Superphysics Superphysics
Section 11


by David Hume Icon
5 minutes  • 918 words

The love between the man and woman, most deserves our attention of all the compound passions arising from a mixture of love and hatred with other affections, because of:

  • its force and violence
  • those curious principles of philosophy behind it.

In its most natural state, this love is derived from the conjunction of three different impressions or passions:

  • the pleasing sensation arising from beauty
  • the bodily appetite for generation
  • a generous kindness or goodwill.

The origin of kindness from beauty is explained from the foregoing reasoning. ◦ The question is how the bodily appetite is excited by it.

The appetite of generation, when confined to a certain degree: ◦ is of the pleasant kind ◦ has a strong connection with all the agreeable emotions.

The following all encourage this desire:

  • Joy, mirth, vanity, and kindness
  • music, dancing, wine, and good cheer.

On the other hand, sorrow, melancholy, poverty, humility destroy it. • From this quality, it is easily conceived why it should be connected with the sense of beauty.

• But there is another principle that contributes to the same effect.
• The parallel direction of the desires is:
    ◦ a real relation
    ◦ produces a connection among them, no less than a resemblance in their sensation.

To fully comprehend the extent of this relation, we must consider that any principal desire may be attended with subordinate ones connected with it. ◦ If other subordinate desires are parallel, they are related to the principal one by that means.

Thus, hunger may often be considered as the soul’s primary inclination. ◦ The desire of approaching the meat is the secondary one. ◦ Since it is absolutely necessary to satisfy that appetite. • Therefore, if an object inclines us to approach the meat, it naturally increases our appetite. ◦ On the contrary, whatever inclines us to set our victuals at a distance: ▪ is contradictory to hunger ▪ reduces our inclination to them.

Beauty has the first effect, and deformity the second effect. ◦ This is why: ▪ beauty gives us a keener appetite for our victuals ▪ deformity is sufficient to disgust us at the most savoury dish. • All this is easily applicable to the appetite for generation.

• From these two relations (resemblance and a parallel desire), a connection arises between:
    ◦ the sense of beauty
    ◦ the bodily appetite
    ◦ benevolence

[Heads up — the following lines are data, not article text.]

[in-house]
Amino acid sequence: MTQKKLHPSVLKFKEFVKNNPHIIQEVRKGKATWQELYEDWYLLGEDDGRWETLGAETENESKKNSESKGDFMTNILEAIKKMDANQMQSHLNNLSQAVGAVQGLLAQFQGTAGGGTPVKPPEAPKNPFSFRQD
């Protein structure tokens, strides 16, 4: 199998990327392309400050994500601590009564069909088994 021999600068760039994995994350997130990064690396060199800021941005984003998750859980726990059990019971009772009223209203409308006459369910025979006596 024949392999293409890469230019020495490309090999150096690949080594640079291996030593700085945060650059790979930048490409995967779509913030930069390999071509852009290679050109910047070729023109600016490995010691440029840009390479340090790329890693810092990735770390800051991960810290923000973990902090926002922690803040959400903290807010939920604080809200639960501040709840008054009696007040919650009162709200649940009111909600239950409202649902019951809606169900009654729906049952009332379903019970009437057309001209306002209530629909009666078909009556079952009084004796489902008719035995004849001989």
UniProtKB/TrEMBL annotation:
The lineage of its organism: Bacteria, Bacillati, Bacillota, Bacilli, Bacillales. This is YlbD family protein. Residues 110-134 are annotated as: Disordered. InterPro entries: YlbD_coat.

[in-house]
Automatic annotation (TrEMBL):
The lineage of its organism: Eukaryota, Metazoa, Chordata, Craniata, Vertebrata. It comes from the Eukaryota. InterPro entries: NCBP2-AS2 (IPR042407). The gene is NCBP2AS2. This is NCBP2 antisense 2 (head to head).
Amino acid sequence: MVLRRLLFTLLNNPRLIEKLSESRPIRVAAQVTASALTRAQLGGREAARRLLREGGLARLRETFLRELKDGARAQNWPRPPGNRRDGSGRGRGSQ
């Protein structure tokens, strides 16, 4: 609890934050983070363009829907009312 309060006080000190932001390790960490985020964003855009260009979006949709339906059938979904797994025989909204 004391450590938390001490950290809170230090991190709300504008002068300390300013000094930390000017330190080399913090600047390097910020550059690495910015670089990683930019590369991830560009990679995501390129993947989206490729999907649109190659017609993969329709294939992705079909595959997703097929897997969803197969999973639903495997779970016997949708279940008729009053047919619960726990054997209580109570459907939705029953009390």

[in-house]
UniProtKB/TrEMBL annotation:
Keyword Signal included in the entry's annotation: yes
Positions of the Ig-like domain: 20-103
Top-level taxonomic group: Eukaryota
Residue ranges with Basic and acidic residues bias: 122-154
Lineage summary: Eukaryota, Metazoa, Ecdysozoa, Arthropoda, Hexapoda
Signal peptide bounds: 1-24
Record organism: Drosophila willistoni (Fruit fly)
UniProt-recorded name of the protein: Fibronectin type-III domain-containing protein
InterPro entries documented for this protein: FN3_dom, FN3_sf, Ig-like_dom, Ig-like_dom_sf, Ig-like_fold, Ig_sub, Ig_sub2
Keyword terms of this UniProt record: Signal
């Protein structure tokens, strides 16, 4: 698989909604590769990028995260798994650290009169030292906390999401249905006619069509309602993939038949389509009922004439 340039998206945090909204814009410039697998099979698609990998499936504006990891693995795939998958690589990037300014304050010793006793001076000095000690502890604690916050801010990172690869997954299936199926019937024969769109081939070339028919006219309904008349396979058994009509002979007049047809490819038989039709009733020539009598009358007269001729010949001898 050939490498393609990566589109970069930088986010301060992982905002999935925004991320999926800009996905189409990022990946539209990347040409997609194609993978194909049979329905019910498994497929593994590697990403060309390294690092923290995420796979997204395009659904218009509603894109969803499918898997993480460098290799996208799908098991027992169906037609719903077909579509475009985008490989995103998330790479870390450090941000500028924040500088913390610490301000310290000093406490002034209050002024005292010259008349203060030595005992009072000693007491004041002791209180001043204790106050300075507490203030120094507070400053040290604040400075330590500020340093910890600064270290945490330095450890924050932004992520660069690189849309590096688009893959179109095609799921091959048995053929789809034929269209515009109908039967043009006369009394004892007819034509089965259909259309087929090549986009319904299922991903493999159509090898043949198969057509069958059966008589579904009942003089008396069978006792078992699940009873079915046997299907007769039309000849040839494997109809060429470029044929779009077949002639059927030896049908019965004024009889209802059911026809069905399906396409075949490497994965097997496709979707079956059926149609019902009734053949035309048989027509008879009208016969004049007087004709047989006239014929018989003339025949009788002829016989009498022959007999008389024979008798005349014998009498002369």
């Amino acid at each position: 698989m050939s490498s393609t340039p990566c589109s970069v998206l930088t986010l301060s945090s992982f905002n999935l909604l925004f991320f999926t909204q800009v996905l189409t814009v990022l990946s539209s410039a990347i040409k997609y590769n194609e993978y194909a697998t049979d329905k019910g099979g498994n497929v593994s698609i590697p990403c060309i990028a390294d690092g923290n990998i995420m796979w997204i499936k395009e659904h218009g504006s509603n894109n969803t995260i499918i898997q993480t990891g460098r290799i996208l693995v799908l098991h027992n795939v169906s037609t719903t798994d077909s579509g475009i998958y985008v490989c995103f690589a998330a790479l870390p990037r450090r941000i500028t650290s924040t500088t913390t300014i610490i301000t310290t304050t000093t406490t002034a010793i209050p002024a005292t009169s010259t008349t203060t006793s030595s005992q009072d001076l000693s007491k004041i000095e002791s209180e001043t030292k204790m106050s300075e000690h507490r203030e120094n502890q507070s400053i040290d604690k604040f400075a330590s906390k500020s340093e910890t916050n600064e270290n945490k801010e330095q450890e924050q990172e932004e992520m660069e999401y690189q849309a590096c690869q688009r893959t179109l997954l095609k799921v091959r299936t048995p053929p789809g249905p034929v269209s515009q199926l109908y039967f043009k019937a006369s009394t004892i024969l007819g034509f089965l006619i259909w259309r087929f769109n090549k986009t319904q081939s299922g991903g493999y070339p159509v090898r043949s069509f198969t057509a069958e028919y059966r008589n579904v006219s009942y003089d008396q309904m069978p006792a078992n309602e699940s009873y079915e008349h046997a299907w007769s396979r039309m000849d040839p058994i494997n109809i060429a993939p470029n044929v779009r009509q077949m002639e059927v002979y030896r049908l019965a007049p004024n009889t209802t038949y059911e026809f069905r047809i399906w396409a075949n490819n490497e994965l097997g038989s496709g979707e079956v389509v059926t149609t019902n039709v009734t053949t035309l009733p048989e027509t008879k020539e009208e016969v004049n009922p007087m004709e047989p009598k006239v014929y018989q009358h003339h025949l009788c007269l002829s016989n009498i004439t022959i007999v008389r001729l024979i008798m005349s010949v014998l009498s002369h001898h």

• These three become inseparable:
    ◦ It is indifferent which of them advances first.
    ◦ Since any of them is almost sure to be attended with the related affections.
• A man inflamed with lust, at least feels a momentary kindness towards its object or woman.
    ◦ At the same time, he fancies her more beautiful than ordinary.
• There are as many who begin with kindness and esteem for the person’s wit and merit, and advance from that to the other passions.
• But the most common species of love is that which:
    ◦ first arises from beauty
    ◦ afterwards diffuses itself into:
        ▪ kindness
        ▪ the bodily appetite.
• Kindness or esteem, and the appetite to generation, are too remote to unite easily together.
    ◦ Kindness is perhaps the most refined passion of the soul.
    ◦ The appetite for generation is the most gross and vulgar.
• The love of beauty:
    ◦ is placed in a just medium between them
    ◦ shares both their natures.
• From there, it is so singularly fitted to produce both.

This account of love is not peculiar to my system. ◦ But it is unavoidable on any hypothesis. • Its three affections are distinct. ◦ Each of them has its distinct object.

Therefore, they produce each other only by their relation. ◦ But the relation of passions alone is insufficient. ◦ There should also be a relation of ideas. • The beauty of one person never inspires us with love for another. ◦ This is a sensible proof of the double relation of impressions and ideas. • From this single evident instance, we may form a judgment of the rest.

• This also illustrates the origin of pride and humility, love and hatred.
• The self is the object of pride and humility.
• Some other person is the object of love and hatred.
• Yet these objects alone cannot be the causes of those passions.
    ◦ Since each of them has a relation to two contrary affections which must destroy each other at the very first moment.
• The mind has certain organs naturally fitted to produce a passion which naturally turns the view to a certain object.
    ◦ But this is insufficient to produce the passion.
    ◦ Another emotion is required to:
        ▪ set these principles in action
        ▪ bestow on them their first impulse, through a double relation of impressions and ideas.
• This situation is still more remarkable with regard to the appetite of generation.
    ◦ Sex is the object and the cause of the appetite.
• We turn our view to it when actuated by that appetite.
    ◦ Reflecting on it suffices to excite the appetite.
• But this cause loses its force by too great frequency.
    ◦ It needs to be quickened by some new impulse.
    ◦ We find that impulse to arise from the person’s beauty, that is, from a double relation of impressions and ideas.
• This double relation is necessary where an affection has a distinct cause and object.
    ◦ How much more so is it necessary when it only has a distinct object, without any determinate cause?

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